Greenpeace activists dressed as alarm clocks march inside the senate compund to call on senators to immediately pass the Renewable Energy (RE) Bill ahead of the most important political meeting on climate change in Indonesia this December, to help combat the grave impacts of climate change which will put the future of millions of Filipinos at risk. The activists, whose costumes and banner bore the slogan "It's time. Pass the RE Bill now!" distributed leaflets and letters to the Senators calling for the swift passage of the bill, which has been languishing in Congress for more than a decade. The said bill will be the country's first important contribution to the worldwide effort to avert climate change, recognized as the most pressing environmental disaster. Greenpeace has kept up the call to speed up the passage of the bill amid expert scientific opinion that the window for action to prevent the worst onslaughts of climate change impacts is getting narrower.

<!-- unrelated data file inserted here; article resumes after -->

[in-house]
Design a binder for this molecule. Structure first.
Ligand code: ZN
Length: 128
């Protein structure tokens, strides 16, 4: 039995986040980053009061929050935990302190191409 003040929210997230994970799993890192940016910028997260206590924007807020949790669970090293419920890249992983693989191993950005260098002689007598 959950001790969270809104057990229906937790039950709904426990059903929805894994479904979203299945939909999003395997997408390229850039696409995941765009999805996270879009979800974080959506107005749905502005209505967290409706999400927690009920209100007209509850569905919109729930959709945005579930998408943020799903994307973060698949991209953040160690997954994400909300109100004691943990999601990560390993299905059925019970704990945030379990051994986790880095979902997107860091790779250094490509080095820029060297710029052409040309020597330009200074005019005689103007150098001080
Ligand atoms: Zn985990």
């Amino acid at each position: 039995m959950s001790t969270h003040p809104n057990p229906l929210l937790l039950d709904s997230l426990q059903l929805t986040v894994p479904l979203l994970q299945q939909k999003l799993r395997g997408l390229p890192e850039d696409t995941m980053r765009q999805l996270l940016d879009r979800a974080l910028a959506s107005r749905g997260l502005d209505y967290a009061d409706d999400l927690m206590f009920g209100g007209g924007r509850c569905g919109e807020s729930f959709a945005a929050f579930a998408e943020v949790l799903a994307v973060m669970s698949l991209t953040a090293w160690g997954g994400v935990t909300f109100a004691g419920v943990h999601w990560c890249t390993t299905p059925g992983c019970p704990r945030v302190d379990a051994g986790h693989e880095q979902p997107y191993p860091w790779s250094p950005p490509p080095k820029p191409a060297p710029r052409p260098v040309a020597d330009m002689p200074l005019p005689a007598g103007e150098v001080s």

Greenpeace activists dressed as alarm clocks march inside the senate compund to call on senators to immediately pass the Renewable Energy (RE) Bill ahead of the most important political meeting on climate change in Indonesia this December, to help combat the grave impacts of climate change which will put the future of millions of Filipinos at risk. The activists, whose costumes and banner bore the slogan "It's time. Pass the RE Bill now!" distributed leaflets and letters to the Senators calling for the swift passage of the bill, which has been languishing in Congress for more than a decade. The said bill will be the country's first important contribution to the worldwide effort to avert climate change, recognized as the most pressing environmental disaster. Greenpeace has kept up the call to speed up the passage of the bill amid expert scientific opinion that the window for action to prevent the worst onslaughts of climate change impacts is getting narrower.